Peter Singer Continues to Appall

INTERNALLY DISPLACED PERSON

Nearly every afternoon I drive to my son, David’s, place of employment and wait for the van containing him and his co-workers to arrive. There’s “J,” the lovable—to put it mildly—Korean kid who has a kind word for everyone and never fails to tell David, “You’re my friend.” (David’s response is, shall we say, less effusive.) There’s “A,” a young woman with Down syndrome who, like just about everyone with Down syndrome, is gentleness incarnate.

The idea that anyone would be less-than-outraged at the thought of harming or violating any of these people is an outrage to me. But not to the ethicist Peter Singer.

Now, I thought that Singer had exhausted his ability to appall me. After all, his views on disability and what we owe the disabled (answer: not much, if anything) are so well-known and so, well, appalling, that a fictionalized version of him was vilified and dispatched to Hell in Dean Koontz’s must-read “One Door Away From Heaven.”

It turns out that I have underestimated not only the depths to which Singer’s brand of utilitarianism will sink, but also just how far some disability rights activists will go in the name of autonomy and agency.

In October 2015, Anna Stubblefield, a professor of ethics at Rutgers’ Newark campus, was convicted of two counts of first-degree aggravated sexual assault and subsequently sentenced to 12 years in prison. The victim was “D.J.,” a 29-year-old man with cerebral palsy “who cannot speak beyond making noises” and who, according to his family, “wears diapers and requires assistance with walking, bathing, dressing and eating.”

The details, laid out in this New York Times story, are disturbing enough. What’s even more disturbing was the recent attempt to exonerate Stubblefield by Peter Singer and Jeff McMahan. The New York Times’ headline, “Who Is the Victim in the Anna Stubblefield Case?” suggested that the answer was going to be “no one,” and the authors didn’t disappoint.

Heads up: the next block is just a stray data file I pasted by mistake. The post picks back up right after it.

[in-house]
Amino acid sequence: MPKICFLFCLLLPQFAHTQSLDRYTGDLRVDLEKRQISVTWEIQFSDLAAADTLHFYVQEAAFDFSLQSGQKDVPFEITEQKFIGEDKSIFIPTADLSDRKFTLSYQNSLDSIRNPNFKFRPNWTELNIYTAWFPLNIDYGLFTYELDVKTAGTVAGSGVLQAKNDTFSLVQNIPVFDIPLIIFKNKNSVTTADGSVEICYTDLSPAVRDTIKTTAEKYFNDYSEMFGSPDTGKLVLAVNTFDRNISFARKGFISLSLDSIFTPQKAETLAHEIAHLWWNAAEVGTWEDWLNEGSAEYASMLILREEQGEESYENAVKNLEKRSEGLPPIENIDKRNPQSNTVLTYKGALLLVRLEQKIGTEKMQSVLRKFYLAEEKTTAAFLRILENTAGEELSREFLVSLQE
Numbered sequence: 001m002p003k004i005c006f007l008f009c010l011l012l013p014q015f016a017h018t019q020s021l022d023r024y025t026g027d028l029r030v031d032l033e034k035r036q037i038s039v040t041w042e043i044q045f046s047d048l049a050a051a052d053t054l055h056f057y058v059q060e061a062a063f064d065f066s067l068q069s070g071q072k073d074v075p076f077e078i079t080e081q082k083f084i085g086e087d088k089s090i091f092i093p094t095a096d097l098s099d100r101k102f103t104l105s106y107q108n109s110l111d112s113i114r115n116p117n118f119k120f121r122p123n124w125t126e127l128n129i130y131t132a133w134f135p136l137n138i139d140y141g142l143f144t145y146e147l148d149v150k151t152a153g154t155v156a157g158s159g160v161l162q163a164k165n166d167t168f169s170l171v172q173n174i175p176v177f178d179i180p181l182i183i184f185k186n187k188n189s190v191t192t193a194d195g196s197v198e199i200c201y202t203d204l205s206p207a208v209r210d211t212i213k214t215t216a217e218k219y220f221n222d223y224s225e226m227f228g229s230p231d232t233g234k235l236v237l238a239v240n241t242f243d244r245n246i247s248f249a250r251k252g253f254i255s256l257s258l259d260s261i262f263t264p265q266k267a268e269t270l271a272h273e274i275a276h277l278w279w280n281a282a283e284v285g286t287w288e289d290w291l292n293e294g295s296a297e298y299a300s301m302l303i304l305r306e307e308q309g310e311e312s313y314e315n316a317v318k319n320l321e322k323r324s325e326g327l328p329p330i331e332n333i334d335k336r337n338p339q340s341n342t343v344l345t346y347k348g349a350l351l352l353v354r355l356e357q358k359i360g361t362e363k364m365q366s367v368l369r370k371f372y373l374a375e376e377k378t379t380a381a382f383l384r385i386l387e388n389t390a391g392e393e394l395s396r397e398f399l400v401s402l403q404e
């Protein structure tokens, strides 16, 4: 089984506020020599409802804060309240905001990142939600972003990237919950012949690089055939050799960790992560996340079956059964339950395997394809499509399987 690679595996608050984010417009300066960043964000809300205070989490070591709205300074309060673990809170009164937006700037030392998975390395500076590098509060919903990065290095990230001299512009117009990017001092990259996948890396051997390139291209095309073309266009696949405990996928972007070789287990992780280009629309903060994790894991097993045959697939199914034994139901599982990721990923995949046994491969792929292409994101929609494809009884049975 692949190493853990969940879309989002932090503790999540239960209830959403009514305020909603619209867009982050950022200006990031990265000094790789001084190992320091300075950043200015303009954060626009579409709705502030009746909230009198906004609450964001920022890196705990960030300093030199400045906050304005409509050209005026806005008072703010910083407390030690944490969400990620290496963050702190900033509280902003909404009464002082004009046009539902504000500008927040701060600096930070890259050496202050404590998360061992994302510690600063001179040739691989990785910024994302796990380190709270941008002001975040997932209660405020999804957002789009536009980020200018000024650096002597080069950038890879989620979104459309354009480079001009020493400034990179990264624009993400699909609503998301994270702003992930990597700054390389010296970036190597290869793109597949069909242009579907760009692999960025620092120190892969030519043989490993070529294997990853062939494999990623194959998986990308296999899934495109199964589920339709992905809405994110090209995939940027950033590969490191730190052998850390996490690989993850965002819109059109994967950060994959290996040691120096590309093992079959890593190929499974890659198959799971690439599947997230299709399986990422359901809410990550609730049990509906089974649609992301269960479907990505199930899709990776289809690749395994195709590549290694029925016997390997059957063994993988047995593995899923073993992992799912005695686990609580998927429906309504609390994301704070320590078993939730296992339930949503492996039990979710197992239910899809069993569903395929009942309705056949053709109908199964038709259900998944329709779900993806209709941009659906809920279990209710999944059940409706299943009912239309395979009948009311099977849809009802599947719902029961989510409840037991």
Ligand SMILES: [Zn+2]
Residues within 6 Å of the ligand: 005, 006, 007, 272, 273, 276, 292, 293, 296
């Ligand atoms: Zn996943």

For Singer, a creature’s moral status, and its right to protection and dignity, is a function of its intellectual and emotional capabilities, not what species, i.e., homo sapiens, it belongs to. I say “creature” and “it” because, under this criterion, an animal, such as a dog, might be entitled to more protection that a person in a persistent vegetative state or even a person with severe cognitive disabilities.

Thus, it should not come as a surprise that a great deal of his and McMahan’s defense of Stubblefield’s actions centers on D.J.’s cognitive abilities, or lack thereof.

That defense took the form of a “heads I win, tails you lose” argument.  The “heads I win” part was that D.J. may have had the cognitive capacity to understand and, thus, consent to Stubblefield’s actions.

The “evidence” for this argument relies on a technology, “facilitated communication (FC), that is, at best, controversial, and, at worst, a first cousin to the Ouija board. David Auerbach at Slate called facilitated communication and its defenders “a cult that won’t die.”

But even if you can convince yourself (which you shouldn’t), that there’s something to FC, keep in mind what was allegedly being “communicated”: consent to sexual relations with a caregiver whose power over D.J. was almost complete. Simple decency requires far more evidence of that consent than the zombie-like FC can hope to provide.

The “tails you lose” alternative was that if D.J. was “profoundly cognitively impaired, we should concede that he cannot understand the normal significance of sexual relations between persons or the meaning and significance of sexual violation.” Thus, “if Stubblefield wronged or harmed him, it must have been in a way that he is incapable of understanding and that affected his experience only pleasurably.”